When contemplating this topic, my thought process went straight to my perceptions of what qualifies as art. I had always thought I had no artistic talent. Even my attempts at a stick man revealed a lack of personality and flair. Although I was taught at a young age to appreciate art, and that it can come in many forms, I didn’t think any art would ever come from me. Recently, I went out on a limb and decided to go to an introduction to painting night. I did not have high expectations, but I wanted to try something new. Now, not to say that I became a Picasso or a Rembrandt in one session, but I did have the opportunity to reinforce a life lesson: new behaviours and skills can be learned, especially when you allow yourself to be open to the experience.
The artist that offered the class gave us so many useful tips and tools that I really felt proud of what I had made. My youngest son thought so too – he built a very nice frame for my painting, which I will always appreciate dearly. I also found the entire session to be very therapeutic. It turns out that when I am so focused on the task at hand, my mind has no where else to go. As someone who is always thinking of 10 things simultaneously, I found the whole process very relaxing. I learned how to create the layers of colour, the technique of manipulating your paint brush unconventionally, or choosing to accept imperfections. I realized that just like life, I can change course along the way and still have a beautiful result in the end. It’s something that I want to do again. I would encourage anyone to attempt this activity, not only for the priceless, original piece of art, but for the benefit of total focus and relaxation.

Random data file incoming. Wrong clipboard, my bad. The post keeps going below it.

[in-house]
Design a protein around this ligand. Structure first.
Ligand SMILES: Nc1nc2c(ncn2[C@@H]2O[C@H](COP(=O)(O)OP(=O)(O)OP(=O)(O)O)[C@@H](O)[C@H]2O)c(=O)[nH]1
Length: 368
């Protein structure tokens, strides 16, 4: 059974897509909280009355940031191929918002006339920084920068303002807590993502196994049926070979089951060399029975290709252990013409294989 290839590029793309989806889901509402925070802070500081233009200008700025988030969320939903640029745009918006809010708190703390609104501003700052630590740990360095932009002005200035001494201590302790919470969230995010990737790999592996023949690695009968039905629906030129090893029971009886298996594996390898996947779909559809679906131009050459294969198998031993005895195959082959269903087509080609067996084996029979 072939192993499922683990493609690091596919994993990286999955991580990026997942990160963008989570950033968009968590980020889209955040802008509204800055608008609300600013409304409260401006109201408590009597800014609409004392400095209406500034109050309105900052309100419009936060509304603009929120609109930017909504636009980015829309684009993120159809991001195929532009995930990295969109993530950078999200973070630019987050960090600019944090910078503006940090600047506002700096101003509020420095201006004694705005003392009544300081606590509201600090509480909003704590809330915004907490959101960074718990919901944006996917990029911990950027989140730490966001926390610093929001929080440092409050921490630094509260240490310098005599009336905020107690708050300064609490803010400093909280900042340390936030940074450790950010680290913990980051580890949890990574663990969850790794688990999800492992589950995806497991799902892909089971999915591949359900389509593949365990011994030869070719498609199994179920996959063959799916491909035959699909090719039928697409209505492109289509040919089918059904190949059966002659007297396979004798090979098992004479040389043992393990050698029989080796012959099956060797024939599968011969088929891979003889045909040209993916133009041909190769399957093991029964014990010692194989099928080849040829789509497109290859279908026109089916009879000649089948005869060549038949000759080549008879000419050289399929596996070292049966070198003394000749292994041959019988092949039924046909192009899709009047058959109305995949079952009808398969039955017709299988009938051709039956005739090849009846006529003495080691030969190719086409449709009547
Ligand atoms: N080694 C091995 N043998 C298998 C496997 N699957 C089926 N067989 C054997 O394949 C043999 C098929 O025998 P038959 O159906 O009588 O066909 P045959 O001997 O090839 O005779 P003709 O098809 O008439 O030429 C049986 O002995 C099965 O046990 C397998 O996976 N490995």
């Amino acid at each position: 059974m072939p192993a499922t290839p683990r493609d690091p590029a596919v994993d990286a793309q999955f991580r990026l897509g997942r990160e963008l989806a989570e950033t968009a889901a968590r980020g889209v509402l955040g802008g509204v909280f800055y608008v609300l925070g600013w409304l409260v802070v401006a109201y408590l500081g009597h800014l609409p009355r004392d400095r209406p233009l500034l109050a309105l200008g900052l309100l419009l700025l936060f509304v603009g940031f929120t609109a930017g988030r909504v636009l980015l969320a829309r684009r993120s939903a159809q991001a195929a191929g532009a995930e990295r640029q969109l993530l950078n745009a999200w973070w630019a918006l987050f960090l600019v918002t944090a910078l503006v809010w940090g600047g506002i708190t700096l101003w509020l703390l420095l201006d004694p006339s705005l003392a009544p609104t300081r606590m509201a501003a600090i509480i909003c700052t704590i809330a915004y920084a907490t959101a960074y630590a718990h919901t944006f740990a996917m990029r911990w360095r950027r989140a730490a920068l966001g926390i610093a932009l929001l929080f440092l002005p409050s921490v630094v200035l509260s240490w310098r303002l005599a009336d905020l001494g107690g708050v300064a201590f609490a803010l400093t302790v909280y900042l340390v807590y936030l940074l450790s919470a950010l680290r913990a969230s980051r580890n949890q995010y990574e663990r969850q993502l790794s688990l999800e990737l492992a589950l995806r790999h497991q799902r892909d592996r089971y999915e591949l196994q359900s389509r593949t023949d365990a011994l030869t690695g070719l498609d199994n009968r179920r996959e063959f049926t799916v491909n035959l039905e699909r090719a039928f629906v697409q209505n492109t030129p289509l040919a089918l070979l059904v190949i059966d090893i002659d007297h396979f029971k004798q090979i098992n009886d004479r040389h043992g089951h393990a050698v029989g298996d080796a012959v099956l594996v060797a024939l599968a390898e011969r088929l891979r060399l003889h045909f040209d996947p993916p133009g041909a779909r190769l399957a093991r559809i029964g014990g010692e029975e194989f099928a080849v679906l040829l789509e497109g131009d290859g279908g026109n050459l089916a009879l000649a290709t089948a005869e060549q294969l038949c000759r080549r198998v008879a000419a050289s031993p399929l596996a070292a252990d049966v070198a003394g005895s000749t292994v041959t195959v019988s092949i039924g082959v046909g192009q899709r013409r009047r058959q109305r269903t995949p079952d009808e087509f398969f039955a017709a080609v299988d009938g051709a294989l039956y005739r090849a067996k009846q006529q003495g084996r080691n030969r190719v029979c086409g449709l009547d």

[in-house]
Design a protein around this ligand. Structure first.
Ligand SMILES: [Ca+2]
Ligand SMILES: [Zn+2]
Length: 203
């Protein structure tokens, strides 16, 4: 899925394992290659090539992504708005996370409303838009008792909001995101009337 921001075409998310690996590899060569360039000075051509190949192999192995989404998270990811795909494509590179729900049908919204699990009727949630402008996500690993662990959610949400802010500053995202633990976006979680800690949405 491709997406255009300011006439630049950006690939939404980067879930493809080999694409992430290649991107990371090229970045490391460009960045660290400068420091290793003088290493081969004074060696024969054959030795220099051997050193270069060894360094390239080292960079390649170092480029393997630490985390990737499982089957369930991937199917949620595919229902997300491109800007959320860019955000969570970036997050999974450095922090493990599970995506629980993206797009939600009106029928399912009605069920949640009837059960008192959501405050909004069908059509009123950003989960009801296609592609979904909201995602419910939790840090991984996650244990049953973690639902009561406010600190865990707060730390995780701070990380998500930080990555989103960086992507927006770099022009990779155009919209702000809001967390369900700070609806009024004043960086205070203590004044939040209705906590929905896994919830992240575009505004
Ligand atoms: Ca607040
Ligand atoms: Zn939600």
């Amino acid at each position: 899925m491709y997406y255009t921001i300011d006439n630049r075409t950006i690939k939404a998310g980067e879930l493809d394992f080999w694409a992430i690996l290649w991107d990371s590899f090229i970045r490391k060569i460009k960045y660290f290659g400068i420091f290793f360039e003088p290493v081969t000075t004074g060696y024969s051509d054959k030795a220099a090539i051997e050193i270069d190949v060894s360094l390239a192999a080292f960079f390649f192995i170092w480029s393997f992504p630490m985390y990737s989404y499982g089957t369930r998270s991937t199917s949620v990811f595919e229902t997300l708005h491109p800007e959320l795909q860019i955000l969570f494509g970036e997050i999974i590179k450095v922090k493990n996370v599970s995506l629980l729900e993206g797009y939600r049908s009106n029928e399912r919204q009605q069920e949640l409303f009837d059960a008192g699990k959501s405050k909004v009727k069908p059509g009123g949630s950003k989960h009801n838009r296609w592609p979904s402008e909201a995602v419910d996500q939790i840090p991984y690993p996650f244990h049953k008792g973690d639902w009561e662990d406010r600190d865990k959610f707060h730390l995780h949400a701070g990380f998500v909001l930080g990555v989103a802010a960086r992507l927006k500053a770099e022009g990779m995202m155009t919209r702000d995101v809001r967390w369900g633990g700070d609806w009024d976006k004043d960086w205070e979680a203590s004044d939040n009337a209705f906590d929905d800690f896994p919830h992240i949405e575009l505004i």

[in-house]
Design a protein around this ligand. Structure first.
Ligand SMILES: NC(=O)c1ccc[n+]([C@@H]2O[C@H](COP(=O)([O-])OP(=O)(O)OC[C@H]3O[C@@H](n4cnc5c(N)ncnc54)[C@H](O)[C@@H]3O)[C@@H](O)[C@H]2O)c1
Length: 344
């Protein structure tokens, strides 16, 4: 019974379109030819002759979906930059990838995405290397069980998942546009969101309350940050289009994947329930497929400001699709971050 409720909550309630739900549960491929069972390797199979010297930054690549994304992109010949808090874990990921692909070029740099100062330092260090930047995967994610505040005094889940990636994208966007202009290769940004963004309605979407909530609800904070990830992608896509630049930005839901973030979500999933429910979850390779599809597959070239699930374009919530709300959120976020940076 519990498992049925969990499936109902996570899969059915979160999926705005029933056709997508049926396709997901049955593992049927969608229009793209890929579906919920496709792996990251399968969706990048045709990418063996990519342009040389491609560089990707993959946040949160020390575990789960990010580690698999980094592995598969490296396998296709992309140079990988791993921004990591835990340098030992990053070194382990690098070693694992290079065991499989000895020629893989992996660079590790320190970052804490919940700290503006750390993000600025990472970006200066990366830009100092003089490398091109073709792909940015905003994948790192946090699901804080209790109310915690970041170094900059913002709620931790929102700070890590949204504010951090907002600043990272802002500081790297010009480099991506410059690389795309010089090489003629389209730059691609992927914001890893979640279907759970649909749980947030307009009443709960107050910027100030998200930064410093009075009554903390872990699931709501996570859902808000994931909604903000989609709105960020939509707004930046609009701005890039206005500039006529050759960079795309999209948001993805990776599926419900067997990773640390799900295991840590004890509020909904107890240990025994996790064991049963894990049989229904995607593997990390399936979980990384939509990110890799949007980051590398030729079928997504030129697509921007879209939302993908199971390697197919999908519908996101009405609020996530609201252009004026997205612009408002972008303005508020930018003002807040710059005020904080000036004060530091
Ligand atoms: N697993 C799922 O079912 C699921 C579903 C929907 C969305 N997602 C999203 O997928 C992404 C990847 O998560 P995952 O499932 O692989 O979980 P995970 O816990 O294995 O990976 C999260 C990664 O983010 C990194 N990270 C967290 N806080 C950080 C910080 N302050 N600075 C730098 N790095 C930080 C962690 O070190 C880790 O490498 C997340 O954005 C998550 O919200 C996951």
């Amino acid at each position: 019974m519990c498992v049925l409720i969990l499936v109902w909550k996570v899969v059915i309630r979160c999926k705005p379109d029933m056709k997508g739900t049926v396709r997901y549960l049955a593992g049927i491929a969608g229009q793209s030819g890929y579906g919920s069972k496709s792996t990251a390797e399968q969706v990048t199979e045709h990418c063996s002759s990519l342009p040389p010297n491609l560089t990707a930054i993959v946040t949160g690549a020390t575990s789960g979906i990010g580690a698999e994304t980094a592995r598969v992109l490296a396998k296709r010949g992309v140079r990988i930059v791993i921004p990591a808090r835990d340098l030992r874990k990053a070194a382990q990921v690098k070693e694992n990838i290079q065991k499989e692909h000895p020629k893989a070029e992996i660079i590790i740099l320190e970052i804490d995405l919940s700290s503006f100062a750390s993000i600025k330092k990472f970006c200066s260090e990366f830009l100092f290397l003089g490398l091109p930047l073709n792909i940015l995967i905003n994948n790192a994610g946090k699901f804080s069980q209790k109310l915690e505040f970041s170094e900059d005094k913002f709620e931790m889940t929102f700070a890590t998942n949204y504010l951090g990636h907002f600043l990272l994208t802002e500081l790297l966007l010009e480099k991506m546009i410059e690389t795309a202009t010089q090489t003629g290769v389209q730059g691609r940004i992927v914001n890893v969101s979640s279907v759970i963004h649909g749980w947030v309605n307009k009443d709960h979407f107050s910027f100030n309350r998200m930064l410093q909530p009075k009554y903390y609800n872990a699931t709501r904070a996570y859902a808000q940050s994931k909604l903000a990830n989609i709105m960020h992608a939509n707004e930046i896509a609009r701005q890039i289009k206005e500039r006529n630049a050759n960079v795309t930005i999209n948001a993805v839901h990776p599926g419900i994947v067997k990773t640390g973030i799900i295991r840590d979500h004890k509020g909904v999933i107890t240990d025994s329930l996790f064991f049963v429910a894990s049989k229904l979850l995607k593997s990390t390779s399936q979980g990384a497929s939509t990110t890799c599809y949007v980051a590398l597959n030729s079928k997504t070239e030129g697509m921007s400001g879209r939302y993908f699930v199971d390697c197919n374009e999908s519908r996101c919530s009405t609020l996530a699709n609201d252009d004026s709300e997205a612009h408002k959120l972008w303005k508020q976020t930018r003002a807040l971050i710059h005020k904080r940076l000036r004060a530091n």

There is a part of me that was always envious of people with an artistic side, but I now believe that we all have one, some of us just haven’t taken the time to explore, nurture, and embrace it. As a wife, a mother and a business owner -and soon to be grandmother – I often find myself caught up in these titles, and I forget that I need to take time to explore what makes me tick. When I allow myself to do so, many other pieces fall into place and I return to my duties with new inspiration and passion. Well, maybe not for laundry, I never seem to have passion for that task!
As I get older, I want to make more of an effort to try these type of new experiences. When I allow myself to de-compartmentalize what I hold to be my truths, I grow. It is only growth that allows us to be our authentic selves, and ultimately, that is what we all want to achieve.
Written by: Jodi Lynn Clark